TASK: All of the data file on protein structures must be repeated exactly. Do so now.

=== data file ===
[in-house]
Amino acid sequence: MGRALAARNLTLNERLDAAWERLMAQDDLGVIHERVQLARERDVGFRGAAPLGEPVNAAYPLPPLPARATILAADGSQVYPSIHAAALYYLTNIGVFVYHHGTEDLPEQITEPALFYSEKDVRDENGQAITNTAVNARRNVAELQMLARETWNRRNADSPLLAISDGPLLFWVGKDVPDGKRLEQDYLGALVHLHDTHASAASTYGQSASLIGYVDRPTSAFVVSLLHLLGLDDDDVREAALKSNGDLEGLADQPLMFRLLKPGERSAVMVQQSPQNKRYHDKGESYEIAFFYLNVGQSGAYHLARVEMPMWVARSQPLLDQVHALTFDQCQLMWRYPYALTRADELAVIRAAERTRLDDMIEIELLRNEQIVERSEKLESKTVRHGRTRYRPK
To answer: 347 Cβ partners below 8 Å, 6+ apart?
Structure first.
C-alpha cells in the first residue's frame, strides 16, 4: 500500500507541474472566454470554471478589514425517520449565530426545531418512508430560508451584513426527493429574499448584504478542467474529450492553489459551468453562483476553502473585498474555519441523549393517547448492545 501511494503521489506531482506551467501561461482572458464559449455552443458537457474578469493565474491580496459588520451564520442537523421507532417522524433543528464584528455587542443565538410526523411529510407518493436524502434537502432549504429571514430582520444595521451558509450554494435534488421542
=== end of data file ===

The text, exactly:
[in-house]
Amino acid sequence: MGRALAARNLTLNERLDAAWERLMAQDDLGVIHERVQLARERDVGFRGAAPLGEPVNAAYPLPPLPARATILAADGSQVYPSIHAAALYYLTNIGVFVYHHGTEDLPEQITEPALFYSEKDVRDENGQAITNTAVNARRNVAELQMLARETWNRRNADSPLLAISDGPLLFWVGKDVPDGKRLEQDYLGALVHLHDTHASAASTYGQSASLIGYVDRPTSAFVVSLLHLLGLDDDDVREAALKSNGDLEGLADQPLMFRLLKPGERSAVMVQQSPQNKRYHDKGESYEIAFFYLNVGQSGAYHLARVEMPMWVARSQPLLDQVHALTFDQCQLMWRYPYALTRADELAVIRAAERTRLDDMIEIELLRNEQIVERSEKLESKTVRHGRTRYRPK
To answer: 347 Cβ partners below 8 Å, 6+ apart?
Structure first.
C-alpha cells in the first residue's frame, strides 16, 4: 500500500507541474472566454470554471478589514425517520449565530426545531418512508430560508451584513426527493429574499448584504478542467474529450492553489459551468453562483476553502473585498474555519441523549393517547448492545 501511494503521489506531482506551467501561461482572458464559449455552443458537457474578469493565474491580496459588520451564520442537523421507532417522524433543528464584528455587542443565538410526523411529510407518493436524502434537502432549504429571514430582520444595521451558509450554494435534488421542